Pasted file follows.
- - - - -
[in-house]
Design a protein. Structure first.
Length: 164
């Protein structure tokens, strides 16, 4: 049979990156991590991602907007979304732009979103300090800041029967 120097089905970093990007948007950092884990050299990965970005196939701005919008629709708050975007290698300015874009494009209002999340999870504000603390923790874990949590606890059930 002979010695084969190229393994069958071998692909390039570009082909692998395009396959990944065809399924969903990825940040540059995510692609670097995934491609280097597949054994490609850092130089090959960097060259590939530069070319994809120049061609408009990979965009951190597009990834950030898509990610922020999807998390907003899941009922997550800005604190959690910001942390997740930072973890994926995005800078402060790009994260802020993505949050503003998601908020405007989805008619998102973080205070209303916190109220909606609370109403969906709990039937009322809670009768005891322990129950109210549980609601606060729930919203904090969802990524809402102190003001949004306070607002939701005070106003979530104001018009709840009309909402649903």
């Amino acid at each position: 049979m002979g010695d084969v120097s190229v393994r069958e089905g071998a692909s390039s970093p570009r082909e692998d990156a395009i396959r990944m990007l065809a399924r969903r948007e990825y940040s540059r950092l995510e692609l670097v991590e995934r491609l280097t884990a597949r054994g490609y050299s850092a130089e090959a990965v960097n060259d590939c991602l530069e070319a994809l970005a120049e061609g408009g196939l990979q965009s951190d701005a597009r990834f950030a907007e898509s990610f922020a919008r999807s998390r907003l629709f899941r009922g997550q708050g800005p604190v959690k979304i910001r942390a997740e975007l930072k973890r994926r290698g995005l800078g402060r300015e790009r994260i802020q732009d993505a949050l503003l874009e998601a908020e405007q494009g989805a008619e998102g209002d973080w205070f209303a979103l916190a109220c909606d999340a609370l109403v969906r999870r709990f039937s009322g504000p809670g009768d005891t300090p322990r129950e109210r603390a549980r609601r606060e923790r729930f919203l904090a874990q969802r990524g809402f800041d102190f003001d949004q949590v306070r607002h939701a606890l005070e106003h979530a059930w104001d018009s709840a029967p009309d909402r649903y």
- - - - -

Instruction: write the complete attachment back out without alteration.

[in-house]
Design a protein. Structure first.
Length: 164
């Protein structure tokens, strides 16, 4: 049979990156991590991602907007979304732009979103300090800041029967 120097089905970093990007948007950092884990050299990965970005196939701005919008629709708050975007290698300015874009494009209002999340999870504000603390923790874990949590606890059930 002979010695084969190229393994069958071998692909390039570009082909692998395009396959990944065809399924969903990825940040540059995510692609670097995934491609280097597949054994490609850092130089090959960097060259590939530069070319994809120049061609408009990979965009951190597009990834950030898509990610922020999807998390907003899941009922997550800005604190959690910001942390997740930072973890994926995005800078402060790009994260802020993505949050503003998601908020405007989805008619998102973080205070209303916190109220909606609370109403969906709990039937009322809670009768005891322990129950109210549980609601606060729930919203904090969802990524809402102190003001949004306070607002939701005070106003979530104001018009709840009309909402649903």
């Amino acid at each position: 049979m002979g010695d084969v120097s190229v393994r069958e089905g071998a692909s390039s970093p570009r082909e692998d990156a395009i396959r990944m990007l065809a399924r969903r948007e990825y940040s540059r950092l995510e692609l670097v991590e995934r491609l280097t884990a597949r054994g490609y050299s850092a130089e090959a990965v960097n060259d590939c991602l530069e070319a994809l970005a120049e061609g408009g196939l990979q965009s951190d701005a597009r990834f950030a907007e898509s990610f922020a919008r999807s998390r907003l629709f899941r009922g997550q708050g800005p604190v959690k979304i910001r942390a997740e975007l930072k973890r994926r290698g995005l800078g402060r300015e790009r994260i802020q732009d993505a949050l503003l874009e998601a908020e405007q494009g989805a008619e998102g209002d973080w205070f209303a979103l916190a109220c909606d999340a609370l109403v969906r999870r709990f039937s009322g504000p809670g009768d005891t300090p322990r129950e109210r603390a549980r609601r606060e923790r729930f919203l904090a874990q969802r990524g809402f800041d102190f003001d949004q949590v306070r607002h939701a606890l005070e106003h979530a059930w104001d018009s709840a029967p009309d909402r649903y």